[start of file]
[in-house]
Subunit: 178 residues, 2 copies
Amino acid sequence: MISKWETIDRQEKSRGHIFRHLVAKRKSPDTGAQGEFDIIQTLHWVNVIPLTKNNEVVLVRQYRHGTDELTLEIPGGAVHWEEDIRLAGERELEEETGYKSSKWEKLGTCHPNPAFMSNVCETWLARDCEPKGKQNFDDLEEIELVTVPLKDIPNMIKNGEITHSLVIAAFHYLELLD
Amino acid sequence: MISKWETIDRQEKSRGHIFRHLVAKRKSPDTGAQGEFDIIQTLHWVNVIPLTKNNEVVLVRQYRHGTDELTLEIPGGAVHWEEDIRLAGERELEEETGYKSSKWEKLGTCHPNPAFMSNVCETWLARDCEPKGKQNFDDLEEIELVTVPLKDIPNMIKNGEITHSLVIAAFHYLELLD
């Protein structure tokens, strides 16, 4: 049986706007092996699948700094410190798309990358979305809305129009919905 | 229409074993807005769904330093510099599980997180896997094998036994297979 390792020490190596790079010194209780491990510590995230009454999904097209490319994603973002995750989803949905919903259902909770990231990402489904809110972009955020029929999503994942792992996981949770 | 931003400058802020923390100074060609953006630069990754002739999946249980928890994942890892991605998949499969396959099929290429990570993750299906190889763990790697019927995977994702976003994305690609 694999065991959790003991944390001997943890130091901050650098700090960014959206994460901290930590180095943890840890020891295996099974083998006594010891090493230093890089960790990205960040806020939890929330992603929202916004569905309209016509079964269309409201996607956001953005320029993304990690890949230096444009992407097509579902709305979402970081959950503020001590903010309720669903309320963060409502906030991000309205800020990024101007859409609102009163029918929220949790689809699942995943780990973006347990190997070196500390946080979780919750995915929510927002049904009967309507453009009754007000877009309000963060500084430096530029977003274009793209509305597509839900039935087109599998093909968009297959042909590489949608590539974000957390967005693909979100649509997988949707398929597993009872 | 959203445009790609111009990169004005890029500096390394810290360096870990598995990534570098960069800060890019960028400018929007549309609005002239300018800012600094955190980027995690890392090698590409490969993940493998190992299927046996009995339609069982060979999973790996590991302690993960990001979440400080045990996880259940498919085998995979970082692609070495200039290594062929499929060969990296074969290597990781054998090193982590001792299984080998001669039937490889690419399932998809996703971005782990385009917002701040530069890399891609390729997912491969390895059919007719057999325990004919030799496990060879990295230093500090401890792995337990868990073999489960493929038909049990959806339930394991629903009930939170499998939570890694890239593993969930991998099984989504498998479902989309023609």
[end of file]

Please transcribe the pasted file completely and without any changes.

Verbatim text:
[in-house]
Subunit: 178 residues, 2 copies
Amino acid sequence: MISKWETIDRQEKSRGHIFRHLVAKRKSPDTGAQGEFDIIQTLHWVNVIPLTKNNEVVLVRQYRHGTDELTLEIPGGAVHWEEDIRLAGERELEEETGYKSSKWEKLGTCHPNPAFMSNVCETWLARDCEPKGKQNFDDLEEIELVTVPLKDIPNMIKNGEITHSLVIAAFHYLELLD
Amino acid sequence: MISKWETIDRQEKSRGHIFRHLVAKRKSPDTGAQGEFDIIQTLHWVNVIPLTKNNEVVLVRQYRHGTDELTLEIPGGAVHWEEDIRLAGERELEEETGYKSSKWEKLGTCHPNPAFMSNVCETWLARDCEPKGKQNFDDLEEIELVTVPLKDIPNMIKNGEITHSLVIAAFHYLELLD
């Protein structure tokens, strides 16, 4: 049986706007092996699948700094410190798309990358979305809305129009919905 | 229409074993807005769904330093510099599980997180896997094998036994297979 390792020490190596790079010194209780491990510590995230009454999904097209490319994603973002995750989803949905919903259902909770990231990402489904809110972009955020029929999503994942792992996981949770 | 931003400058802020923390100074060609953006630069990754002739999946249980928890994942890892991605998949499969396959099929290429990570993750299906190889763990790697019927995977994702976003994305690609 694999065991959790003991944390001997943890130091901050650098700090960014959206994460901290930590180095943890840890020891295996099974083998006594010891090493230093890089960790990205960040806020939890929330992603929202916004569905309209016509079964269309409201996607956001953005320029993304990690890949230096444009992407097509579902709305979402970081959950503020001590903010309720669903309320963060409502906030991000309205800020990024101007859409609102009163029918929220949790689809699942995943780990973006347990190997070196500390946080979780919750995915929510927002049904009967309507453009009754007000877009309000963060500084430096530029977003274009793209509305597509839900039935087109599998093909968009297959042909590489949608590539974000957390967005693909979100649509997988949707398929597993009872 | 959203445009790609111009990169004005890029500096390394810290360096870990598995990534570098960069800060890019960028400018929007549309609005002239300018800012600094955190980027995690890392090698590409490969993940493998190992299927046996009995339609069982060979999973790996590991302690993960990001979440400080045990996880259940498919085998995979970082692609070495200039290594062929499929060969990296074969290597990781054998090193982590001792299984080998001669039937490889690419399932998809996703971005782990385009917002701040530069890399891609390729997912491969390895059919007719057999325990004919030799496990060879990295230093500090401890792995337990868990073999489960493929038909049990959806339930394991629903009930939170499998939570890694890239593993969930991998099984989504498998479902989309023609």